It’s no secret that John Kasich loves jumping in front of a parade, if he can benefit from it, which he did with the Tea Party Movement in 2010. He also knows how to hide in plain sight when parades make wrong turns, as he did with the collapse of Lehman Brothers. The governor’s handy but flimsy excuse at the time for the firm’s failure was that he wasn’t involved with underwriting of mortgage-backed securities or with the proprietary real-estate investments which led to Lehman’s bankruptcy. Kasich also inferred that since he didn’t receive a bonus or any special severance package, his hands were clean. Gov. Kasich portrayed himself as innocent after he left Lehman in September of 2009, just another face in the crowd of 30,000 workers employed at Lehman Brothers who worked years to build up equity only to see it disappear when the firm crashed and Wall Street melted in its wake.
After refusing to release his tax returns in 2010, citizen Kasich finally agreed to give media a few minutes to look at only one year. Speculation at the time was that Mr. Kasich was earning hundreds of thousands of dollars a year, with one estimate that he made $1 million or more confirmed by that single tax return and the limited time reporters had to review it.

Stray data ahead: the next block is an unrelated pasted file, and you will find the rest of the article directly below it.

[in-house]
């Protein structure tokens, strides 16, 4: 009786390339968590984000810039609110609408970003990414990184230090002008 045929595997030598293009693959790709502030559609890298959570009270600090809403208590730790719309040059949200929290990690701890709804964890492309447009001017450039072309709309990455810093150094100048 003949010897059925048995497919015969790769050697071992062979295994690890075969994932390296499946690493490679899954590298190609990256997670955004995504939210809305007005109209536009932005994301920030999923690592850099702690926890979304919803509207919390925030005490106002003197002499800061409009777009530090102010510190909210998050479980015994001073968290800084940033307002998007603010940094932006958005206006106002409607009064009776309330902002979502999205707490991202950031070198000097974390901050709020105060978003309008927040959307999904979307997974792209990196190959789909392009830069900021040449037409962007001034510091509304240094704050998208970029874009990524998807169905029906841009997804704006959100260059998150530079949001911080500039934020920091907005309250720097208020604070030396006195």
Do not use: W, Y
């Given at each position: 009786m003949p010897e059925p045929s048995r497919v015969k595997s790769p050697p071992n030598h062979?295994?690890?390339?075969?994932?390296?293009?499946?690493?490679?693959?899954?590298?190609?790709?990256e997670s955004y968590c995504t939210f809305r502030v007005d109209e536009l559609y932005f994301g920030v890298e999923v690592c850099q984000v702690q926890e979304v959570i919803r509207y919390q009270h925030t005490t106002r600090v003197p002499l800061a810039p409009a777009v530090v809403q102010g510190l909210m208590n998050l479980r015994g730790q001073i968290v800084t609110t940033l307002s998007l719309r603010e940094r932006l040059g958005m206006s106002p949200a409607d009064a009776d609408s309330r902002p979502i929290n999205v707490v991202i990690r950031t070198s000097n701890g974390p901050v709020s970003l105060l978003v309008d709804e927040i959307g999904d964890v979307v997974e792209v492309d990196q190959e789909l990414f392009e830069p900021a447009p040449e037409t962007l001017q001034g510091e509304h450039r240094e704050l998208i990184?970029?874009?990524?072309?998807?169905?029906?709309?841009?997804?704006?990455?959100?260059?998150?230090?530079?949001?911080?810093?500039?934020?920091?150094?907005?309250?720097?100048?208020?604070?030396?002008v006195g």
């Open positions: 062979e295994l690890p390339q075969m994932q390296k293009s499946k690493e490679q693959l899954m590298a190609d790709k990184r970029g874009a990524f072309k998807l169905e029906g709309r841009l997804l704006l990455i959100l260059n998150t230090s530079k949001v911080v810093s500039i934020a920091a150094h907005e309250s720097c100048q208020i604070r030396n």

Gorillas In The Mist Of Lehman Brothers
Now, after almost seven years of living in the shadows, Richard S. Fuld Jr. is back in the light. Gorillas in the mist of Lehman Brother’s collapse, Kasich and Fuld continue to ape each other as leaders unapologetic for the time they spent on Wall Street at Lehman. In a report in the New York Times, Mr. Fuld said Lehman could have survived if the Federal Reserve had allowed it to, then deflected blame for the crisis onto policy makers instead of bankers. “There was very little regulation or market supervision,” Mr. Fuld said, the Times reported. Meanwhile, Gov. Kasich has made getting government buden off the backs of business a central core of his Administration’s belief system.
John Kasich learned a lot working at Lehman Brothers. He learned to leverage heavily, which he’s did with state liquor and Ohio Turnpike revenues, bonding them out for decades in exchange for fast cash today. While doing deals at Lehman Brothers, Gov. Kasich met and worked with John Minor, who he brought on-board to run JobsOhio, the super secret agency that doles out funds to create jobs. Unfortunately for Ohio, under Mssrs. Kasich and Minor, as measured by the W.P Carey School of Business at Arizona State University, the Buckeye State is tops among the bottom dozen states in job creation.
It’s not beyond the imagination for Mr Kasich, for those who know him, that it would be just his in-your-face style, should he be elected the next President of the United States, that he’d nominate his “awesome” mentor and “great guy” employer, Richard Fuld, to be secretary of the treasury. Getting the band back together.